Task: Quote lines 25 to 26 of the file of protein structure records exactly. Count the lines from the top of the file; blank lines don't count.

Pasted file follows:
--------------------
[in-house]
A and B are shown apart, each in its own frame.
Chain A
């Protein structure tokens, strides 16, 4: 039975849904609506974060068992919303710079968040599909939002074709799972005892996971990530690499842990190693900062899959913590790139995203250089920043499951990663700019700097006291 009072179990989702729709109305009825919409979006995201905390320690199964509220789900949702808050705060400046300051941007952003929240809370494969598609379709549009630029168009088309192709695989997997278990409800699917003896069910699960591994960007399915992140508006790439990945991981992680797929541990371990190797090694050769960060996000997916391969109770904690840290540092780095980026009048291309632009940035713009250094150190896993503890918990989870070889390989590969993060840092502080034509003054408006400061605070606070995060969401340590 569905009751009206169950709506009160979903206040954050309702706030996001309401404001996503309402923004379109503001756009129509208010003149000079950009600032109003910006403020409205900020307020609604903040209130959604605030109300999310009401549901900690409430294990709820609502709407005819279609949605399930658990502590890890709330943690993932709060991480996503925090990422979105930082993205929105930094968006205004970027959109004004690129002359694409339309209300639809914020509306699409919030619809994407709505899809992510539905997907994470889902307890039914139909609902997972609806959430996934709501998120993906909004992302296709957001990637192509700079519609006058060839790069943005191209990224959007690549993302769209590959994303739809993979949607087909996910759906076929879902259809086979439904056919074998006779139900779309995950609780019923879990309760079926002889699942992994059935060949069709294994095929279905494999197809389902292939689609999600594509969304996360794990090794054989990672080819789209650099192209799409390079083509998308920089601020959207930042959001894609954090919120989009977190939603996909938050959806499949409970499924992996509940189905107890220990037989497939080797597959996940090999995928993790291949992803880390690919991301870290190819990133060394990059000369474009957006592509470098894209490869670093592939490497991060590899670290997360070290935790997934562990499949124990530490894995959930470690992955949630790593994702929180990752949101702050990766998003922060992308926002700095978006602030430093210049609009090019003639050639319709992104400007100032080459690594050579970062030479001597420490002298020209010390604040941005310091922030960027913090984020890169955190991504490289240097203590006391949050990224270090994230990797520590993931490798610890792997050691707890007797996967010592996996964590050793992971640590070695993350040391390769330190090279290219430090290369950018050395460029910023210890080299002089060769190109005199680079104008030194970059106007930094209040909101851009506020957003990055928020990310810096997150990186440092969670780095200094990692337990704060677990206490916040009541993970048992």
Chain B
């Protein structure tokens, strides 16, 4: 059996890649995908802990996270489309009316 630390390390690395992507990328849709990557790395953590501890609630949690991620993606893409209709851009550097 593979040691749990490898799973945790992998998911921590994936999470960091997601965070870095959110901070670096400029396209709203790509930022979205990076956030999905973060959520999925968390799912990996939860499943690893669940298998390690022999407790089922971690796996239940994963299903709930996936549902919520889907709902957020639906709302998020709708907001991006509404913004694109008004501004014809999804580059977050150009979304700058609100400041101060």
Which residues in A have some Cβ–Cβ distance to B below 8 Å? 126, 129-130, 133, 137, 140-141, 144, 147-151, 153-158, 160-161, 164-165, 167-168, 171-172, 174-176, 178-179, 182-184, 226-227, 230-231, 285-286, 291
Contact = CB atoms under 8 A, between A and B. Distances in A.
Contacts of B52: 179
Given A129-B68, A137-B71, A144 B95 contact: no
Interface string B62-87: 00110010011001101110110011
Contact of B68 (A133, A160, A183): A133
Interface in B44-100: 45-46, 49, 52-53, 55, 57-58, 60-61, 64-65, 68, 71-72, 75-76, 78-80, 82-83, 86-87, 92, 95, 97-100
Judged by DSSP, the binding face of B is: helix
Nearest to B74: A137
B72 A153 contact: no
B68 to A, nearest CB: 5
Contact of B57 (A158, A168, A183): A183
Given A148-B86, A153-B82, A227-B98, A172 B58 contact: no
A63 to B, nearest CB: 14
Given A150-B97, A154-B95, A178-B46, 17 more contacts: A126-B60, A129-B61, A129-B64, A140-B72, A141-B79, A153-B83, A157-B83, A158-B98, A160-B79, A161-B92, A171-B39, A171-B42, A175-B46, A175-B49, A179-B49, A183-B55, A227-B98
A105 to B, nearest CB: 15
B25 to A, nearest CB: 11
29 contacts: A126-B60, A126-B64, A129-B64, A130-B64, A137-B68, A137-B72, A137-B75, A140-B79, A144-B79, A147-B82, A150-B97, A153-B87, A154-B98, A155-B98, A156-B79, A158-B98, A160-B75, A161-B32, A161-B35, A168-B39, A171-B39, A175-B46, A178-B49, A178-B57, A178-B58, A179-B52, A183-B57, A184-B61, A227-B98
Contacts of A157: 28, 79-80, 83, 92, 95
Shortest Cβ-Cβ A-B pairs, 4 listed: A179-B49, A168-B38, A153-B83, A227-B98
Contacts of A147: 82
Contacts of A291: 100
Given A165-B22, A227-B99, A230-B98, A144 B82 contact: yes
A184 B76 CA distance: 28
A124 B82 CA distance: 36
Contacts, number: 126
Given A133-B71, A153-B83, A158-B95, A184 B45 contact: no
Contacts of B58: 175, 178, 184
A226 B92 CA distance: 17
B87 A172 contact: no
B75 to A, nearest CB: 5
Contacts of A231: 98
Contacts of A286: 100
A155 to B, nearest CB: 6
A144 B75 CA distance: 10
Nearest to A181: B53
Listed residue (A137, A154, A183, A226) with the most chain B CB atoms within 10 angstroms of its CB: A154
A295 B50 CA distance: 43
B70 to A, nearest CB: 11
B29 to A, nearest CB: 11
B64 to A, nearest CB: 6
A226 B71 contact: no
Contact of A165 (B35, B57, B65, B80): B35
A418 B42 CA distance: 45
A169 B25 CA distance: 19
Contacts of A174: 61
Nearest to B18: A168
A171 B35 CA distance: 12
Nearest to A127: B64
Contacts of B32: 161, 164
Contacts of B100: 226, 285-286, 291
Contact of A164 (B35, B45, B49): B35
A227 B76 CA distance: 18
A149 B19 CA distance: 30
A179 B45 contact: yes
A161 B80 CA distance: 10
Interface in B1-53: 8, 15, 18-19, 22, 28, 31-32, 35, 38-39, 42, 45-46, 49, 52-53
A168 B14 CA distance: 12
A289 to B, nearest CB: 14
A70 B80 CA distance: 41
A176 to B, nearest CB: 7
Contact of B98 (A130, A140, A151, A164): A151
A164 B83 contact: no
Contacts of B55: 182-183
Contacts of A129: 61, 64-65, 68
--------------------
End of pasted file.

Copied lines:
Contacts of A157: 28, 79-80, 83, 92, 95
Shortest Cβ-Cβ A-B pairs, 4 listed: A179-B49, A168-B38, A153-B83, A227-B98